Navigation controls are seen in the cockpit of a FAA Gulfstream jet at a hangar at Washington's Reagan National Airport, Thursday, Sept. 18, 2008. Most carriers are reluctant to retrofit planes years, maybe decades, before NextGen is fully operational. (AP Photo/Charles Dharapak)
Aviation officials gave conflicting reports on the twin-engine plane's origin, destination and where it was last reported.
Jose Tomas Perez, director of the Dominican Civil Aviation Institute, said the aircraft sent an emergency signal before disappearing from the radar 35 minutes after taking off from the Dominican Republic at about 3:30 p.m. Monday. He said 11 people were on board
Perez said the plane was heading to the Turks and Caicos Islands but never arrived.
But the U.S. Federal Aviation Administration said the plane disappeared shortly after taking off from Providenciales in the Turks and Caicos.
Providenciales police Sgt. Calvin Chase said airport authorities are still trying to locate records to determine whether the plane ever landed there.
FAA spokeswoman Kathleen Bergen said the plane's destination was not immediately known.
"There's still a lot of unanswered questions here," Bergen said.
A U.S. Coast Guard spokesman, Nick Ameen, said rescuers searching for the plane were told it was expected to refuel in the Turks and Caicos. Relatives of those missing told the U.S. Coast Guard that the passengers were ultimately trying to reach New York, Petty Officer Barry Bena said.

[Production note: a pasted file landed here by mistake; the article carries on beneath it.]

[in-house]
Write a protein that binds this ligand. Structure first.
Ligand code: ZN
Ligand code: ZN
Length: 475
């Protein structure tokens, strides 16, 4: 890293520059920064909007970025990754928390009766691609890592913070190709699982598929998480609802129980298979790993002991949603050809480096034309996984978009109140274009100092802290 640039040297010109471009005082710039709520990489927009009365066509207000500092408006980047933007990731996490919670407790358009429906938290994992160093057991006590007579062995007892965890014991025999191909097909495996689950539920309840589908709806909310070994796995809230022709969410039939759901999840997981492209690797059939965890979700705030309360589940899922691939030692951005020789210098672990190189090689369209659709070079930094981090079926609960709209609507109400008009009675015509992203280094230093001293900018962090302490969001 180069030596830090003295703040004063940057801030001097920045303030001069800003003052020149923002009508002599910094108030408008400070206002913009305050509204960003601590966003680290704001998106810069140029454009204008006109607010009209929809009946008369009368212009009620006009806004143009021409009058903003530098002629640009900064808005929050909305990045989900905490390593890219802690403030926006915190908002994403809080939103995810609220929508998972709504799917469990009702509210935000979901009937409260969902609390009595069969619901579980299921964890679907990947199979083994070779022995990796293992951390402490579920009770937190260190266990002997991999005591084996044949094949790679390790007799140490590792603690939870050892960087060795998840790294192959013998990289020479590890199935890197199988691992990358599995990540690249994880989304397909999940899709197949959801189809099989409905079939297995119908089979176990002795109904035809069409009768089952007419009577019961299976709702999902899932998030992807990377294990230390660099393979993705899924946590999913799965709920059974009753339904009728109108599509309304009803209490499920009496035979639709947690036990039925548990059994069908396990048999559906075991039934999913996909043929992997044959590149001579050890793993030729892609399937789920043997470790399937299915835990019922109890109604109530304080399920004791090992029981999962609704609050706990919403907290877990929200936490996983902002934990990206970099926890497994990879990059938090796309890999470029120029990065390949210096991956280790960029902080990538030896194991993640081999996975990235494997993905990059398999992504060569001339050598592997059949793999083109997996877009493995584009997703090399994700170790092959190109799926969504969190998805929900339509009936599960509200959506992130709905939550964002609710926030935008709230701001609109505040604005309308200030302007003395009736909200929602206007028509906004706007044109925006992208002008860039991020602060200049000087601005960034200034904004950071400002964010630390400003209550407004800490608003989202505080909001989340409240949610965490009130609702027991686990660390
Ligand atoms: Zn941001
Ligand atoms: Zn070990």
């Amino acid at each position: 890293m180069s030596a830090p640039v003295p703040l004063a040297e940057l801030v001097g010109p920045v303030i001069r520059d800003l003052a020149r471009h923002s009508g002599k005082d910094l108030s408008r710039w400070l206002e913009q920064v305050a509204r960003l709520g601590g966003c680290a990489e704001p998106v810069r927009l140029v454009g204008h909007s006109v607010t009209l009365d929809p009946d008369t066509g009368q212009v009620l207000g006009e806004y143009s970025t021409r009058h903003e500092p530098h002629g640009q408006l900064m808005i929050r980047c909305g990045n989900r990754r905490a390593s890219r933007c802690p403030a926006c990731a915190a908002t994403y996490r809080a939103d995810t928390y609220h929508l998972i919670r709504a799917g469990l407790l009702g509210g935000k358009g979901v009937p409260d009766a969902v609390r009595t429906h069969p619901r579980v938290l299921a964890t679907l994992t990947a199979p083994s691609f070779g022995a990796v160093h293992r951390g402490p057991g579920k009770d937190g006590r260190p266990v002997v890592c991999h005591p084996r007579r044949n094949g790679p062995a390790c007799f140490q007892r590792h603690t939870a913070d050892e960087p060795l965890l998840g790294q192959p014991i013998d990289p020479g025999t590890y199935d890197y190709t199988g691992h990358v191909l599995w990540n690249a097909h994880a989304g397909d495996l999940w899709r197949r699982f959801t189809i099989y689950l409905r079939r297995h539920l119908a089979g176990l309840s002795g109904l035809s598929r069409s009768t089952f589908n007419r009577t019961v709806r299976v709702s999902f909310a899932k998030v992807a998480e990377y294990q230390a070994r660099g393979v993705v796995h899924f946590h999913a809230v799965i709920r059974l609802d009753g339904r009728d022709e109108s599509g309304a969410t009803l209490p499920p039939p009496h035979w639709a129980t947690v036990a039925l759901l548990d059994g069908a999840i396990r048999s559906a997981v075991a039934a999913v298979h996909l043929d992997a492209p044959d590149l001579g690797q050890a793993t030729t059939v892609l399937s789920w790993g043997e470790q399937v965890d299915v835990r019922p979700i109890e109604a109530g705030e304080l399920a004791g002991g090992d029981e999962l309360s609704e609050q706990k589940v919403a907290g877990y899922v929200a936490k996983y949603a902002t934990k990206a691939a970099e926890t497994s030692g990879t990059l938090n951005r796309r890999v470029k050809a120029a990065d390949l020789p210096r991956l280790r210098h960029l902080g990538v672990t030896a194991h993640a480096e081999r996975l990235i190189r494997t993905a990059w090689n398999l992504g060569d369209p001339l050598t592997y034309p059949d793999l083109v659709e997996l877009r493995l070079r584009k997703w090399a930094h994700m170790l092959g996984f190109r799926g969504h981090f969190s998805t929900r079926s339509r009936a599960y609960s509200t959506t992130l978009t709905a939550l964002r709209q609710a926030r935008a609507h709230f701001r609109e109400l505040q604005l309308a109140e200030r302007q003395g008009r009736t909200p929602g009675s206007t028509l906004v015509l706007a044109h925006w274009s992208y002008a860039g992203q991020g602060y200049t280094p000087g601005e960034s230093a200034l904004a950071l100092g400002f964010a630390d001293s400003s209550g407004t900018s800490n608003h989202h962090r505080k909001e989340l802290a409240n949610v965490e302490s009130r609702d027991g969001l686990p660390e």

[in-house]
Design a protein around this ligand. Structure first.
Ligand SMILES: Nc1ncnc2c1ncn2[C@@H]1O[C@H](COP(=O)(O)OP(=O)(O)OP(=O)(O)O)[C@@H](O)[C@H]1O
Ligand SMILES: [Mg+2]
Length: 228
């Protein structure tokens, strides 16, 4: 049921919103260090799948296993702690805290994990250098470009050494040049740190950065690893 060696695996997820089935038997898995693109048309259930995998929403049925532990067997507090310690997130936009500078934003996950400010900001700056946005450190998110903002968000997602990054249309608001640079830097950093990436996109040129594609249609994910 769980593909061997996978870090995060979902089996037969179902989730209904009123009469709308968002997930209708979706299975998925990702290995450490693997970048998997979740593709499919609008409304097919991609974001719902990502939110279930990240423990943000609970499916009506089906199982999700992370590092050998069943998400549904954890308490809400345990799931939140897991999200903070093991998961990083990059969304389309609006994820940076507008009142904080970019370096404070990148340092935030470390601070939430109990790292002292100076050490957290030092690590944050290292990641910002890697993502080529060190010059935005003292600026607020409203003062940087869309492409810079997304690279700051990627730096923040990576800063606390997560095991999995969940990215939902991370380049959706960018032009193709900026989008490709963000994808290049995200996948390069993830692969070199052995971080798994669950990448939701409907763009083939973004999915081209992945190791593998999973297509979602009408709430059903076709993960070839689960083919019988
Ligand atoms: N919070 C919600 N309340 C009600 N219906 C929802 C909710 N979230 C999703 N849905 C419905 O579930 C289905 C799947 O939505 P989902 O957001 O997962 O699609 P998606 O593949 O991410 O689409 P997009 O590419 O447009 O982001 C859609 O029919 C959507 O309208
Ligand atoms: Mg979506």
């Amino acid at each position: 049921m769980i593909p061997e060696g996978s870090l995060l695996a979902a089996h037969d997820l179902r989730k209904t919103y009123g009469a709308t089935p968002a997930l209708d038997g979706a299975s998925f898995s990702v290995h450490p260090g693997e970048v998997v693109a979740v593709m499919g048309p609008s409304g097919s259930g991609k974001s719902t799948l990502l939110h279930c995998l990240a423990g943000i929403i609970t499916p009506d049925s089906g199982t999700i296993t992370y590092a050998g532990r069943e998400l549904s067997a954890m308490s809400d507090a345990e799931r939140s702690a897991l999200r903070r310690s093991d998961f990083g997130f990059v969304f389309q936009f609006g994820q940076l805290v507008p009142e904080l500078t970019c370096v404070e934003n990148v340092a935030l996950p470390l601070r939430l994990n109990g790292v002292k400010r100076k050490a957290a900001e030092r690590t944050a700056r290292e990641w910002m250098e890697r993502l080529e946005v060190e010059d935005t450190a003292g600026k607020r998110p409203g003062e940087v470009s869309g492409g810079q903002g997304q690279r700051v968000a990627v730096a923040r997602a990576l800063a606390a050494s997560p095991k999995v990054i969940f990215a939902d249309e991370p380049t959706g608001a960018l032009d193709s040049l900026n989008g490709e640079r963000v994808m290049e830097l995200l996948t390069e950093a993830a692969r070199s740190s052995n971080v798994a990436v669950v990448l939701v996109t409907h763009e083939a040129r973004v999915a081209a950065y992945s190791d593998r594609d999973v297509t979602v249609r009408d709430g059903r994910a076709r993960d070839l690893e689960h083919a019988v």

The U.S. Coast Guard and other agencies were searching in the Atlantic Ocean about 4 miles (6 kilometers) west of West Caicos island but have not found any wreckage, Ameen said.
Bad weather in the area was causing large swells and low visibility, making the search difficult, Bena said.
The plane, a Britton-Norman Islander, was registered to a company called Puerto Rico Airline, based in Carolina, Puerto Rico.
The company's owner, Luis Perez, said the plane was for sale and was only supposed to be inspected in the Dominican Republic. He planned to report it as stolen.
The Dominican aviation official, Jose Tomas Perez, initially identified the owner as Atlantis Airlines.